Cheers for Tracy
It has been quite a party. For twenty-nine years, Tracy Welch has been my right and left hand man. He is the finest football mind I have ever been associated with. He is now officially the Athletic Director and Head Football Coach for the Lake Worth Bullfrogs. Boy, will I miss him but what a gain for the Bullfrogs of Lake Worth. I expect the Bullfrogs to make history by becoming a state caliber program.
Tracy Welch has established himself as one of the finest teachers of young coaches there is in the athletic business of coaching. Coaches underneath his tutelage are now coaching in the NFL, college and in high schools all over. He is the type of coach that goes the extra mile in teaching all the right things to do in the coaching profession.
He has been influential in building the entire CCISD athletic program. He served as head boys track coach and built a powerhouse, eventually leading to a state championship. He has helped to initiate a strong little league program in the city, helping all sports youth teams. Along with Sue Wagner, Tracy helped to add several sports to the CCHS curriculum (swimming, wrestling, power lifting and tennis).
Players respond to Coach Tracy Welch as well. He loves working with students to help them in the game of life. Having his Master’s Degree in counseling, he understands how to help young people grow and mature. He is always counseling players before and after school. He cares about the player as a person. Young people know when a coach really cares about them and Tracy’s players always give him maximum effort because they do not want to disappoint him.
“If it wasn’t for Coach Tracy I would have never received my college degree, played college and professional football. Coach Tracy helped me be a better father and husband; I love him,” Eddie “Touchdown” Brown (Hall of Fame Arena League player and father of Pittsburg Steelers’ Antonio Brown). I could write countless numbers of articles quoting parents, players, teachers, custodial staff and administrators about the quality of person, coach and teacher Tracy Welch is. Tracy is truly a teacher of the game of life. He lives it. He teaches it. He models it.
I think the reason Tracy has been so influential to coaches and players is the genuine love he has for people. He cares about young people having academic and athletic success. He understands the demands on students and teachers.
Tracy has always had a tremendous amount of respect for the faculty and administration. He does what is necessary to assist both groups. He works tirelessly to help these folks because he understands the importance of teamwork.
Tracy is a competitor and his teams reflect his competitive nature. He has taught countless numbers of players the importance of competing. I cannot count how many times we have come from behind to win a game. Remember the great win this year in the come from behind victory against Belton, which earned the ‘Dawgs another state playoff game? The offense hit a switch and was unstoppable.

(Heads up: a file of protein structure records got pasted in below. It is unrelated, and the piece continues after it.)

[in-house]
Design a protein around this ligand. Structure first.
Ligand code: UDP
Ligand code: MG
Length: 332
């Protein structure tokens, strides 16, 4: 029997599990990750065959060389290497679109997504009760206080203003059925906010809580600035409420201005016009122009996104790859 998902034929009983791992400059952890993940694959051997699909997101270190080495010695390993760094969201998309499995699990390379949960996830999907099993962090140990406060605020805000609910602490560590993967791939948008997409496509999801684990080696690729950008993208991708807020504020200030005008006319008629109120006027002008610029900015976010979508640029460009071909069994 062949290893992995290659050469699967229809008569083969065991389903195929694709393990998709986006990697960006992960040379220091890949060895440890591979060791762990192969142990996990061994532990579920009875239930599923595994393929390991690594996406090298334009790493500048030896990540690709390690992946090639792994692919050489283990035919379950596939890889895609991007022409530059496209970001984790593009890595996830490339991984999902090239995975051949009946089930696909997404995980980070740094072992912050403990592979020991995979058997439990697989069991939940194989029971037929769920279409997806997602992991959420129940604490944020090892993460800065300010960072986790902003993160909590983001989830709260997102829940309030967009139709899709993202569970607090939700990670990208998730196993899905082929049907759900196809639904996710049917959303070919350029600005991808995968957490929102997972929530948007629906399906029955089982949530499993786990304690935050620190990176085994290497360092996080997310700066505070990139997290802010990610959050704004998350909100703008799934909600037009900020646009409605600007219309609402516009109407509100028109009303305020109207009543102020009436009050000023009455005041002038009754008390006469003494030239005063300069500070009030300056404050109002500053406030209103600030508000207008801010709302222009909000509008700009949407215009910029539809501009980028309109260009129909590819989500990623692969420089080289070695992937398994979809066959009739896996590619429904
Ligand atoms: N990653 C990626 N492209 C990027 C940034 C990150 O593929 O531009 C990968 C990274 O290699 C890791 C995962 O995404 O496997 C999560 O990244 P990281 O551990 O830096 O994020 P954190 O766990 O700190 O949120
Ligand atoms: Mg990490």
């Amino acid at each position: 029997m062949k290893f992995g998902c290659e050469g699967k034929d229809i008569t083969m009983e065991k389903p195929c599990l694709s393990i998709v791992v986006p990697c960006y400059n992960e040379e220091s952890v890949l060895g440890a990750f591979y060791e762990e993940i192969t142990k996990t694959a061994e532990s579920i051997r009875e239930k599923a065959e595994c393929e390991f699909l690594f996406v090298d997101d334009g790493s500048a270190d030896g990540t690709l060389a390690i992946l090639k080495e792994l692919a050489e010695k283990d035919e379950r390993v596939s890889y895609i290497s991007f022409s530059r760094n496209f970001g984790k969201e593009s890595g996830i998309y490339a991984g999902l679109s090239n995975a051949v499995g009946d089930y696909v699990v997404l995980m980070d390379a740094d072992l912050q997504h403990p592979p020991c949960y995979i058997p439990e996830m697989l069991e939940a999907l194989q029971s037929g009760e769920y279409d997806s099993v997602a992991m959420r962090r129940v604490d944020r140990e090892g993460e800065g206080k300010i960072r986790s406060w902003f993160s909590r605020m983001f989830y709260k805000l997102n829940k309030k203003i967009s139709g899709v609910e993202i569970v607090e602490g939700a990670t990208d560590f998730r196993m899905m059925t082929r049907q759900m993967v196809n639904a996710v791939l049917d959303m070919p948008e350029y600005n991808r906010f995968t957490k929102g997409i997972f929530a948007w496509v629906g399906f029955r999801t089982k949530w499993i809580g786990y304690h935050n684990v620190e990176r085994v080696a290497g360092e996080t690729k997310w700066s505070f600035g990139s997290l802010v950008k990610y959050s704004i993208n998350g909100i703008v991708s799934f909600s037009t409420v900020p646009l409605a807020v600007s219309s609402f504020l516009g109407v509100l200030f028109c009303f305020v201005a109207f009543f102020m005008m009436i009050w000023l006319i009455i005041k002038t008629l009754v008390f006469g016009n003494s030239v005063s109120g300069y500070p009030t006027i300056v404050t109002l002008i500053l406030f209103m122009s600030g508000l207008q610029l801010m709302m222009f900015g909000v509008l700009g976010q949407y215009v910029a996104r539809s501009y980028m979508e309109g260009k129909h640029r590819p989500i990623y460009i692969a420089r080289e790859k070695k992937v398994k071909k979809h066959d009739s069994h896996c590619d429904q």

Tracy is a great role model. He teaches young people to follow the rules. He knows the rules of the game better than anyone I know and he wants his players and coaches to understand the rules.
Tracy has many friends in Copperas Cove and I know this was a tough decision for him, especially saying goodbye to this group of ‘Dawgs. He has helped guide and groom these players since elementary school. He was so excited to have Simpson (Quarterback), Simmons (running back), Troy (tight end and H-back), Shanahan (center), and a host of others to build this year’s offense around. One of his favorite things about coaching was to see young men grow and develop to reach their goals. He has watched this group since elementary school and knew this year’s team would be special.
Tracy tore his shoulder his junior year of college football, which ended his playing career. I hired him as a student-coach, while he attended Pittsburg State University. My boss at Ft. Scott Community College, President Dr. Dick Hedges, saw the potential Tracy had when he started helping me coach as a student-assistant. Dr. Hedges immediately hired him full-time as an admissions counselor and assistant football coach. At nineteen years of age, Tracy Welch was the youngest full-time college football coach in America.
The rest is history. Tracy helped lead our team to five winning seasons and three national bowl games. Under his leadership as Offensive Coordinator, the Greyhound offense consistently ranked in the top of the national charts. Our team won the Kansas Jayhawk Conference Championship and Bill Snyder lured Tracy to Kansas State in 1993. The Wildcats had a great season and started their current bowl game history with a win in the Copper Bowl. After that season, I snatched Tracy back up to join me in our quest to start building the ‘Dawg program. And it has been a party. A tremendously successful and fun party.
Tracy and Sheri, and their beautiful family of Kaylee, Caleb and Matthew, will be greatly missed. Time goes on though and the ‘Dawgs will have to carry on. We will make Tracy proud by hopefully challenging for another state championship run. His leadership and guidance throughout the years have helped prepare this group for that charge. With both junior varsities having undefeated district championship runs last season, he knows our current group of ‘Dawgs are special.
Goodbye my best friend. We will make you proud. I know you and your staff will get those Bullfrogs moving in the right direction. If God is willing, someday we will do this again. Cheers for Tracy.
Thought for the week, “There is a difference between losing something you knew you had and losing something you discovered you had. One is a disappointment. The other feels like losing a piece of yourself. He was both to me” Jack Welch